The juxtaposition of Nix and Walker, particularly their philosophical conflict, represents the pedantic drudgery of what much of science has become and the exciting, risky brilliance of what it should be. Nix is pedantic and rigid, unable or unwilling to let go of a traditional credo to embrace risk and, with it, reward. Walker is the young, bushy-tailed, innovative scientist that, given enough rejection and impediments, simply abandons their research and never fulfills their potential. This very phenomenon is occurring amidst an unprecedented global research funding crisis — young researchers are being shut out of global science positions, putting innovation itself at risk. Nix’s prognostication of inevitable self-destruction because we ignore all the warning signs before our eyes, resigning ourselves to a bad future because it doesn’t demand any sacrifice from our present is the weary fatalism of a man that’s given up. His assessment isn’t wrong, he’s just not representative of the kind of scientist that’s going to fix it.
“Something has been lost,” Tomorrowland director Brad Bird believes. “Pessimism has become the only acceptable way to view the future, and I disagree with that. I think there’s something self-fulfilling about it. If that’s what everybody collectively believes, then that’s what will come to be. It engenders passivity: If everybody feels like there’s no point, then they don’t do the myriad of things that could bring us a great future.”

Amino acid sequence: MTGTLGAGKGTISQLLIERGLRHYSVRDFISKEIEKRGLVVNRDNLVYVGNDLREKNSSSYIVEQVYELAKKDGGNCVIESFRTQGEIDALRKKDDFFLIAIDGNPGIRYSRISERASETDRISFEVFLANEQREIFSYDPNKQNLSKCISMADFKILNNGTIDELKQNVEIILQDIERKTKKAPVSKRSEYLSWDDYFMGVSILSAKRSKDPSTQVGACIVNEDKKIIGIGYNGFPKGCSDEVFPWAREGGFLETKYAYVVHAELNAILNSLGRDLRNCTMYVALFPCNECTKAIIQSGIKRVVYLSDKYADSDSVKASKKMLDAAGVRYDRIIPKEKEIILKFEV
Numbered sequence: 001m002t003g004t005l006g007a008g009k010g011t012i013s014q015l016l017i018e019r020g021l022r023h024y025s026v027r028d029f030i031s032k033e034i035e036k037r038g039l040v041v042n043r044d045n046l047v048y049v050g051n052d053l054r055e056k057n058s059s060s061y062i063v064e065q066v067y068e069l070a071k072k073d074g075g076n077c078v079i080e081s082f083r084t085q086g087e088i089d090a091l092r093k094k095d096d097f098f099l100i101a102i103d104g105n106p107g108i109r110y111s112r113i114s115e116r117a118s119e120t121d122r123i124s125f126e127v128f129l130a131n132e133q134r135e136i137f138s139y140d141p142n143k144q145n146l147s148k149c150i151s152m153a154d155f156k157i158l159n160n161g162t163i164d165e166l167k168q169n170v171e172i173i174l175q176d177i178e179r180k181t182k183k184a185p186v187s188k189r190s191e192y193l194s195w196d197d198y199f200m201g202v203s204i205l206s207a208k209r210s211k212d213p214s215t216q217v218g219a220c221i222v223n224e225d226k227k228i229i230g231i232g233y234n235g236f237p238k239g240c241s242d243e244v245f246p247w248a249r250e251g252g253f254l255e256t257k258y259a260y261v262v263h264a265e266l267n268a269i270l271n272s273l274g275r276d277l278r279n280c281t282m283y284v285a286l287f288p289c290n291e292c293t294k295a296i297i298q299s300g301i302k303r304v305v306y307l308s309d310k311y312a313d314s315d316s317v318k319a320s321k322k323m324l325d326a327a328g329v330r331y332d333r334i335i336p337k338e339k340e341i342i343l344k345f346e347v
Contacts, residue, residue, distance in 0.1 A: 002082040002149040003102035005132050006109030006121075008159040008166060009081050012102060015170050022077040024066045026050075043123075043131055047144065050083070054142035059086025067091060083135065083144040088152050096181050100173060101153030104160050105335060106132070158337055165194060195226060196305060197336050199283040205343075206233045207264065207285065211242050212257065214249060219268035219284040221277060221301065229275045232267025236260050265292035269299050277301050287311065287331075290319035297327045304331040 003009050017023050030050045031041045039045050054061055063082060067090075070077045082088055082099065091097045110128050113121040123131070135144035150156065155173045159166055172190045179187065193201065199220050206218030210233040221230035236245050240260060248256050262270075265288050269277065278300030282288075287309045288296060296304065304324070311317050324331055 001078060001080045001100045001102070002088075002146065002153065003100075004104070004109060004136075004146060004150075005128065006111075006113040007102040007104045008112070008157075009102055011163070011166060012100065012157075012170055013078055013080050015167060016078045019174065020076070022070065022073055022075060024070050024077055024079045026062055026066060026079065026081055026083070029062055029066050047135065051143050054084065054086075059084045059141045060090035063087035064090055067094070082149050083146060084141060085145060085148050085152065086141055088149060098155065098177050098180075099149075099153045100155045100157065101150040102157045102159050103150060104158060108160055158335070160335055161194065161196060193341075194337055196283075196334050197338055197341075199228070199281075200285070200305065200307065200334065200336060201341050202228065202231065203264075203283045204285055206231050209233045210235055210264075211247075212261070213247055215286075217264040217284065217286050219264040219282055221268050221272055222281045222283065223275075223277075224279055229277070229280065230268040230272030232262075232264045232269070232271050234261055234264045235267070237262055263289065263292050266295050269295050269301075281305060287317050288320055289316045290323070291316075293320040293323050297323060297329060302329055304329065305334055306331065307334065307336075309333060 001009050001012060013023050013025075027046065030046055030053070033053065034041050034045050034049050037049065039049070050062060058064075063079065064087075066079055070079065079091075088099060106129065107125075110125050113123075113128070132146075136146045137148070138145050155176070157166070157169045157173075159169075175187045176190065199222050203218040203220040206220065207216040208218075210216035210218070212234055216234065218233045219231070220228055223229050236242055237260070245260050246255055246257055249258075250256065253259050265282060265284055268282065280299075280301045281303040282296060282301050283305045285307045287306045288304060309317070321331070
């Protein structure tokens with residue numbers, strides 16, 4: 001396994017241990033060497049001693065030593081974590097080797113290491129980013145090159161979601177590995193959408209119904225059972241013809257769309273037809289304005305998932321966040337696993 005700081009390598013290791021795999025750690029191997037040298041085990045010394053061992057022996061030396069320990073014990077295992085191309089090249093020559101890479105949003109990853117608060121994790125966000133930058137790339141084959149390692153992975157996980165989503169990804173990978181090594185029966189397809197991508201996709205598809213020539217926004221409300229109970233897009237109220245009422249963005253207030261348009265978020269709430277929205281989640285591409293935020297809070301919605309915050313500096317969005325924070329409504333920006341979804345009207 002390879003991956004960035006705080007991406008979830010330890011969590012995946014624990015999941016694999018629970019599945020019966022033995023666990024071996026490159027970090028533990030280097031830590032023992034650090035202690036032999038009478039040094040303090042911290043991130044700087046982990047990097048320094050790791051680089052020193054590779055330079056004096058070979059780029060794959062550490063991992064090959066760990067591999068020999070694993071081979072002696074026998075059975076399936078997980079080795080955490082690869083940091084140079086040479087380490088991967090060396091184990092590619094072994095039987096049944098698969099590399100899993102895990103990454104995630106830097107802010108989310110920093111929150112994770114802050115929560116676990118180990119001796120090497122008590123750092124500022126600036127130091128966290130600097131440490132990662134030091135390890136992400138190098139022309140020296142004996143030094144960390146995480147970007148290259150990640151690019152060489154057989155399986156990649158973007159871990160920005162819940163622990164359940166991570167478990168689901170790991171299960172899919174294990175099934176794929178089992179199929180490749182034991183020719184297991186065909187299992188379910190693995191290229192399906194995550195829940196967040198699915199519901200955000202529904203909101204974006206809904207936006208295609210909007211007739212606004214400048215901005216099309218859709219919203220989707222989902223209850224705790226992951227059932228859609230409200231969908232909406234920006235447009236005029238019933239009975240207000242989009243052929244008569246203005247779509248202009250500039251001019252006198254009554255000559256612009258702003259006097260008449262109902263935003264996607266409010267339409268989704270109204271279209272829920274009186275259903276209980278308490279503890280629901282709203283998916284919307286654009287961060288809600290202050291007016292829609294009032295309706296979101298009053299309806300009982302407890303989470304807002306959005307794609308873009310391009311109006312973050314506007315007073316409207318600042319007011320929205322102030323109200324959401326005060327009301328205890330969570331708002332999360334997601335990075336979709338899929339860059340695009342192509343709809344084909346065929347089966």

Walt Disney once said, “If you can dream it, you can do it.” Tomorrowland‘s emotional call for dreamers from the diverse corners of the globe is the hope that can never be lost as we navigate a changing, tumultuous world, from dismal climate reports to devastating droughts that threaten food and water supply to perilous conflicts at all corners of our globe. Because ultimately, the precious commodity of innovation and a better tomorrow rests with the potential of this group. We go to the movies to dream about what is possible, to be inspired and entertained. Utilizing the lens of cinematic symbolism, this film begs us to engage our imaginations through science, technology and innovation. It is the epitome of everything Walt Disney stood for and made possible. It’s also a timely, germane message that should resonate to a world that still needs saving.
Oh, and the blink-and-you-miss-it quote posted on the entrance to the fictional Tomorrowland? “Imagination is more important than knowledge.” —Albert Einstein.
View the Tomorrowland trailer:
Tomorrowland goes into wide release on May 22, 2015.